The old sidebar had adverts in it and now adverts only appear at the very top of the search listings.  This is a “reduced real estate” situation in the lingo.  Where 8 adverts used to appear, there are now only 4.  That means that competition for advertising space is doubled – prices may rise.  What that means for most business owners is that if advertising gets more pricey, you can choose whether to adjust your budgets.  I recommend spending on natural site search as an alternative.  Every recent Google algorithm update has hit the ‘game-the-system’ players hard and rewarded websites with strong on-site content.  Put your money into your own website rather than into Google’s pockets.

Local Search Matters

So first, let’s check your business and how it shows up in the Google local pack.  This is the map and associated listings with pins showing locations.  Google are showing a map of local businesses into your search results.  This allows the physical location of a business to influence whether prospects choose you or not.  So it’s important to get listed accurately.  Go first to Google My Business https://business.google.com and start registering and verifying.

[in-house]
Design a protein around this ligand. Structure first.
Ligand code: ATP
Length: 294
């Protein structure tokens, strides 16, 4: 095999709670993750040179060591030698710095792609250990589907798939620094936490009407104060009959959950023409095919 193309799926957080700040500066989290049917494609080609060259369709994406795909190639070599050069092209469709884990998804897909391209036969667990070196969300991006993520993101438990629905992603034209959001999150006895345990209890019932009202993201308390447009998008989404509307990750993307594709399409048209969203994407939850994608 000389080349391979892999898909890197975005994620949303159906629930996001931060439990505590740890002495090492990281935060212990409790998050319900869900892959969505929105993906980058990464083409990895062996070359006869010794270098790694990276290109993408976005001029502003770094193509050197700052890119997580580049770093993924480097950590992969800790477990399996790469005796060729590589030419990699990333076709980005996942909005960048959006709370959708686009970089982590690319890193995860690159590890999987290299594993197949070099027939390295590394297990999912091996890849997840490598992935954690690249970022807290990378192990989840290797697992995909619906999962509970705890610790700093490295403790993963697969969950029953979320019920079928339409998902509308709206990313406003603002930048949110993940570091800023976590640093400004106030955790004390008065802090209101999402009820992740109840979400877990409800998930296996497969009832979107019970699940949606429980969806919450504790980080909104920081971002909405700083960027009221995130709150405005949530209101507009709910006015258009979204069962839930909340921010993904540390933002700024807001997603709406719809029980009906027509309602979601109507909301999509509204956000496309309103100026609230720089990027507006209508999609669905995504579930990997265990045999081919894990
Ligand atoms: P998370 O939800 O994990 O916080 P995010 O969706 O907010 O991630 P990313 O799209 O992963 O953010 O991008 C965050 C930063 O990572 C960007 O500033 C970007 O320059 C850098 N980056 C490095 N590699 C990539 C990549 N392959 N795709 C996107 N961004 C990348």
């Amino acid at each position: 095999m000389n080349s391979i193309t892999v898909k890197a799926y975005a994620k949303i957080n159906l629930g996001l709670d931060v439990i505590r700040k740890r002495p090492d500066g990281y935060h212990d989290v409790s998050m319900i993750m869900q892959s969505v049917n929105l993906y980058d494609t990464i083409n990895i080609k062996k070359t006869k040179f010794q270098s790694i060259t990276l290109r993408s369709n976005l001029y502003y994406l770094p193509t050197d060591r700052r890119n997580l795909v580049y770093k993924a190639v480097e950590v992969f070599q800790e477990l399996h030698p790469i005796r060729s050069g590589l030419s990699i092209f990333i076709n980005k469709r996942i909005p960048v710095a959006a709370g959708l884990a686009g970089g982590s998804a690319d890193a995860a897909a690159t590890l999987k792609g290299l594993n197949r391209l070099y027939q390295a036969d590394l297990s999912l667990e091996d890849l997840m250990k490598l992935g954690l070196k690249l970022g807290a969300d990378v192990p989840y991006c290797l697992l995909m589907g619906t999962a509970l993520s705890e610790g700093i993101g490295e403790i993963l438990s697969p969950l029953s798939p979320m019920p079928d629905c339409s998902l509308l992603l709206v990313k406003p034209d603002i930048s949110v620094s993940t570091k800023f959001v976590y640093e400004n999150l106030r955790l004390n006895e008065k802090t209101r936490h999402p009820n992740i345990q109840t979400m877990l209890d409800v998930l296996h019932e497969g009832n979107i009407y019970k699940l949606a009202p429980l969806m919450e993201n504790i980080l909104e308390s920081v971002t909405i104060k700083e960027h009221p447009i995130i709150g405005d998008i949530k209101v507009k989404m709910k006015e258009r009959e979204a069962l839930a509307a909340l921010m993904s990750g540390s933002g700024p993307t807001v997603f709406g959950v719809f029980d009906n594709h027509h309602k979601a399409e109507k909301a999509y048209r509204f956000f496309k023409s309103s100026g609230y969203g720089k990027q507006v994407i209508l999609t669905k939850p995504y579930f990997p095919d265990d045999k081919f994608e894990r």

Local google search showing map and address

Local google search showing map and address

Is your information accurate?

Step one is to clean up your NAP citations.  NAP is the acronym for Name, Address and Phone data. This clearly tells a visitor that a business is local.  You should claim your business and get listed accurately.  Be consistent, don’t shorten words like Street or use different variations of ST. St, and Street.  [Did you see the comma and full stop there?]

Now, what about other citations?